The new version of the popular programming language PHP 8, is now released (November 26, 2020), bringing with it many new features and performance improvements. Among the main innovations are the JIT compiler, union types, additional attributes.
One version of PHP has been actively maintained for about two years. When they expire, there is another year or two of security support, and updates are released only in case of critical problems. In the meantime, the next version is usually out. At this time (November 2020), versions 7.2 , 7.3 and 7.4 are actively supported , with version 7.2 addressing only critical security issues, and version 7.3 set to enter the same phase on 6 December 2020. You can always to follow the currently supported versions of the official PHP site .
The news of PHP 8 has been circulating on the web for a long time. Millions of consumers are looking forward to the official release date: December 3, 2020. There are less than a month left until then, so it’s important to know what to expect. Here are some of the highlights.
PHP 8: JIT Compiler
Undoubtedly the most anticipated upgrade by the developers is the JIT compiler. The mechanism, available for testing since PHP 7.4, is now officially part of PHP 8.
The idea for the implementation of JIT appeared in PHP 7, and Dmitry Stogov started this project in the distant 2011. Since then, he and other leading developers have tried three times to implement the technology. The JIT is responsible for compiling the script into machine code immediately before execution. Through it, the application is executed “on the go”, much faster than the previous interpreter.
JIT constantly monitors the code during its execution. He understands which parts are replayed. The most commonly used fragments are compiled and saved as machine code. As a result, the performance of the software is significantly improved. The compiler is implemented as an independent part of OPcache and can be activated or deactivated.
Because PHP is an interpreted language, its codes must be “translated” into a language that the CPU and other machines understand. Therefore, the introduction of JIT will allow PHP to seriously enter the web, for example in high-profile areas such as the development of artificial intelligence, Machine Learning or the Internet of Things.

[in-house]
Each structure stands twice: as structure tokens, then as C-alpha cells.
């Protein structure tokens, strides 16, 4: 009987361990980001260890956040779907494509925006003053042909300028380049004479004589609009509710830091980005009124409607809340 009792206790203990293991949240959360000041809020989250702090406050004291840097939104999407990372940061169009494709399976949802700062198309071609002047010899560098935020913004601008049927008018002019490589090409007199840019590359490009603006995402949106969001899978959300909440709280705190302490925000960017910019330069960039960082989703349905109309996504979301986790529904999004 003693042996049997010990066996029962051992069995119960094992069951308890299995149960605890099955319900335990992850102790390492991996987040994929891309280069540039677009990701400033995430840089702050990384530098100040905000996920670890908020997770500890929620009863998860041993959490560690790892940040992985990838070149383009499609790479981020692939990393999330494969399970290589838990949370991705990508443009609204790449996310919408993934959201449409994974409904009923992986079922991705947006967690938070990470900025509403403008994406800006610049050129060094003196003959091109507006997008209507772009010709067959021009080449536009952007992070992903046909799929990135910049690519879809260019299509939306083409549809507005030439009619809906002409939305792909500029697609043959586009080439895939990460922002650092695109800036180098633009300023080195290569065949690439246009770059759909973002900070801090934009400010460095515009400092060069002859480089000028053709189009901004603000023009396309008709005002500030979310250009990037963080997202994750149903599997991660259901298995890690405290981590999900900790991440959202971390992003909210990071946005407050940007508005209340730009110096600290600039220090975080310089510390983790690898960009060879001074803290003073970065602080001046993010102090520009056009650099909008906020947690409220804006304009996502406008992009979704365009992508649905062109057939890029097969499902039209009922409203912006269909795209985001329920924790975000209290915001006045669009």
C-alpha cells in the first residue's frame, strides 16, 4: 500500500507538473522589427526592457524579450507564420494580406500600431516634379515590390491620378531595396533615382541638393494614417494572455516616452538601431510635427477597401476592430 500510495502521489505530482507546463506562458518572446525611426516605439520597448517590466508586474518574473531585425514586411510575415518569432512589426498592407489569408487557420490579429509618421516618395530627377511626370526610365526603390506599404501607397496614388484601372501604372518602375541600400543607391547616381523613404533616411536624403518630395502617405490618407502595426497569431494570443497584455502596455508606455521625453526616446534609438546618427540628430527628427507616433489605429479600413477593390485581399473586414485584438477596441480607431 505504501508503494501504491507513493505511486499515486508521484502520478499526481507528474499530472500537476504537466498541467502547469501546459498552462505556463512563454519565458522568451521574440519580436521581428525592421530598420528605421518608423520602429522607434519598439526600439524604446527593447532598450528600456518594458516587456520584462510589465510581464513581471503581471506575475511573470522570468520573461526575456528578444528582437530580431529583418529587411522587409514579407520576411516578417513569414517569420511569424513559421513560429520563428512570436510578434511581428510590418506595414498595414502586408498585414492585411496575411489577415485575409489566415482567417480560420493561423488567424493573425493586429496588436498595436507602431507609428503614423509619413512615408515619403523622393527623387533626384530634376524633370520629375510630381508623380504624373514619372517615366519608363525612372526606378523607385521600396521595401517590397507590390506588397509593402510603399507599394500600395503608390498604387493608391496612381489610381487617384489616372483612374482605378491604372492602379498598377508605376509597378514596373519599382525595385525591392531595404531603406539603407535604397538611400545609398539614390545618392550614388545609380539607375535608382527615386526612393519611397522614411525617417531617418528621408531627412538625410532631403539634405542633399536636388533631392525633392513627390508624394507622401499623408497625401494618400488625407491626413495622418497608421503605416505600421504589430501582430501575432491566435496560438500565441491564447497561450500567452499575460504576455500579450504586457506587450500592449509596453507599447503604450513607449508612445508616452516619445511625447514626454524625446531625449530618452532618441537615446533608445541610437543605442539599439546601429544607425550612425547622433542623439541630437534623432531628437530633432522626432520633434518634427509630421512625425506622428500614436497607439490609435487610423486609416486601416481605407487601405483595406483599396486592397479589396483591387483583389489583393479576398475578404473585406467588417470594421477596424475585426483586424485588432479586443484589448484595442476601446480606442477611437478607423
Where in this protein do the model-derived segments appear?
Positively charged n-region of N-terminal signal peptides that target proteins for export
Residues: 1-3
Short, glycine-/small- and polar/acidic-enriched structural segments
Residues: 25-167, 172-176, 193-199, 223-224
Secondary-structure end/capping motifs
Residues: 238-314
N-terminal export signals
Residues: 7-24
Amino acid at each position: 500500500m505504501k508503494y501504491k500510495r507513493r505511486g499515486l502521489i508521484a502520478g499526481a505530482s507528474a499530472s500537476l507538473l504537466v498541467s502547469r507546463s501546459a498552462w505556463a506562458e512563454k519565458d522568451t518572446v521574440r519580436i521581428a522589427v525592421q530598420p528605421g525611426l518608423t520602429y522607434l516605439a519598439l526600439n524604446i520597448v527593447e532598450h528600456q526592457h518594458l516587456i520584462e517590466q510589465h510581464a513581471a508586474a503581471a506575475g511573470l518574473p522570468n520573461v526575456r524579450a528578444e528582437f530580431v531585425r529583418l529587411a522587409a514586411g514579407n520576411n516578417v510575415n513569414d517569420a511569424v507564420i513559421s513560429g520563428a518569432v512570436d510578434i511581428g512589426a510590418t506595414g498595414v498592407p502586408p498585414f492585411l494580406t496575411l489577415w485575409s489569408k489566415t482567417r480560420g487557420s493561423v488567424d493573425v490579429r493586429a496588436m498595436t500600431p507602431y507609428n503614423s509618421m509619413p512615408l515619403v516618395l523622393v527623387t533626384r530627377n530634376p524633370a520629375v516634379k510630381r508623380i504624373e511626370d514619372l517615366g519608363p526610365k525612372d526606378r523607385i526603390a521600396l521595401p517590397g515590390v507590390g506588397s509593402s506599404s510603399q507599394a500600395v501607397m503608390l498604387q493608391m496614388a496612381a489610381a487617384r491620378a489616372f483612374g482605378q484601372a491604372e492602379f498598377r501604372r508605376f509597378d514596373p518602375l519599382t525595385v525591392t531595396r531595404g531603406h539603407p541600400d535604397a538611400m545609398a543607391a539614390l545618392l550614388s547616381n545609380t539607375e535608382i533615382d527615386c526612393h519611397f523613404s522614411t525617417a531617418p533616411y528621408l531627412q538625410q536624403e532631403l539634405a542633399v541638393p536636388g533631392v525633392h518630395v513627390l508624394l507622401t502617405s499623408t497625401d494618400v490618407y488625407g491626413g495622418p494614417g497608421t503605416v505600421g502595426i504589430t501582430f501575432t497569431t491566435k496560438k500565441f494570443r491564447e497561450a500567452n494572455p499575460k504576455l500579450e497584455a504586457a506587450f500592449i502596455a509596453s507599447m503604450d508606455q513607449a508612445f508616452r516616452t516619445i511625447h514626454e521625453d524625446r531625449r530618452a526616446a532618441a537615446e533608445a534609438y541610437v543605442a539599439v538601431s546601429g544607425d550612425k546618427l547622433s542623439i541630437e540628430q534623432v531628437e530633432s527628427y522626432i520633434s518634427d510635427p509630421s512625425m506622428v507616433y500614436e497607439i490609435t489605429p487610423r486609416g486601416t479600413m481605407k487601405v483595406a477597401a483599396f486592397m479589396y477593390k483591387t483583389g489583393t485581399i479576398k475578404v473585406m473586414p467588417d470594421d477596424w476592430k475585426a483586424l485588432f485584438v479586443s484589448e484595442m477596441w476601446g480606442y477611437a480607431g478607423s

PHP 8: OPcache extension
The OPcache extension increases language performance. If JIT compiles the translated code, OPcache saves the pre-compiled code in shared memory.
The extension saves the system the need to load and analyze scripts with each request. It stores the cached version prepared by the JIT compiler.
The implementation process in PHP is done in the following four steps:
Tokenization : The interpreter reads the PHP code and develops a selection of tags.
Parsing : The interpreter reviews the script and ensures that it matches the tags used to create the abstract syntax tree (AST). It also checks and ensures that the syntax rules match.
Compilation : AST translates to low level Zend codes. This creates identities that allow the interpreter to identify the Zend VM instruction.
An interpretation that allows Opcodes to be interpreted so that they can run on a Zend VM.
If you enable OPcache, the PHP interpreter goes through the whole process only once. The compiled version is then stored in shared memory. Upon request, it can be performed immediately and so the first three stages are skipped.
PHP 8: Constructor Property Promotion
This innovation will provide developers with an updated and shorter syntax. It allows the declaration of class property and constructor assignment directly by the constructor. The update will make the process of declaring properties easier and more readable and will reduce the risk of errors.
PHP 8: Attributes 2.0